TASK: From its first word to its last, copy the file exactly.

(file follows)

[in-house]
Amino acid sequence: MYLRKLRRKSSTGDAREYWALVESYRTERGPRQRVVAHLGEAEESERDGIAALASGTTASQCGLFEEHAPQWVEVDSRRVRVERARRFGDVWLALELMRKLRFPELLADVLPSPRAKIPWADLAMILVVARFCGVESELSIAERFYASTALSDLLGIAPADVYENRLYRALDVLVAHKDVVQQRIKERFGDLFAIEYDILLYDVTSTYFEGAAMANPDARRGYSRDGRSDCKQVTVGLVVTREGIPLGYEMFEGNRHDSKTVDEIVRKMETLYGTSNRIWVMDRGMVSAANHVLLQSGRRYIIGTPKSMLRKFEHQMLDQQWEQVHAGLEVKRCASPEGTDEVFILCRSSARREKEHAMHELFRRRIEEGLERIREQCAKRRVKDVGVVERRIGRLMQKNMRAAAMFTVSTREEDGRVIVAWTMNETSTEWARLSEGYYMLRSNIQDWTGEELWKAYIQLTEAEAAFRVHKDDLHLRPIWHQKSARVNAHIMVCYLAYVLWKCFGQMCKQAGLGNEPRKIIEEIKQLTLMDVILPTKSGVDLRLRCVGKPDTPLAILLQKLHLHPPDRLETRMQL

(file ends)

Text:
[in-house]
Amino acid sequence: MYLRKLRRKSSTGDAREYWALVESYRTERGPRQRVVAHLGEAEESERDGIAALASGTTASQCGLFEEHAPQWVEVDSRRVRVERARRFGDVWLALELMRKLRFPELLADVLPSPRAKIPWADLAMILVVARFCGVESELSIAERFYASTALSDLLGIAPADVYENRLYRALDVLVAHKDVVQQRIKERFGDLFAIEYDILLYDVTSTYFEGAAMANPDARRGYSRDGRSDCKQVTVGLVVTREGIPLGYEMFEGNRHDSKTVDEIVRKMETLYGTSNRIWVMDRGMVSAANHVLLQSGRRYIIGTPKSMLRKFEHQMLDQQWEQVHAGLEVKRCASPEGTDEVFILCRSSARREKEHAMHELFRRRIEEGLERIREQCAKRRVKDVGVVERRIGRLMQKNMRAAAMFTVSTREEDGRVIVAWTMNETSTEWARLSEGYYMLRSNIQDWTGEELWKAYIQLTEAEAAFRVHKDDLHLRPIWHQKSARVNAHIMVCYLAYVLWKCFGQMCKQAGLGNEPRKIIEEIKQLTLMDVILPTKSGVDLRLRCVGKPDTPLAILLQKLHLHPPDRLETRMQL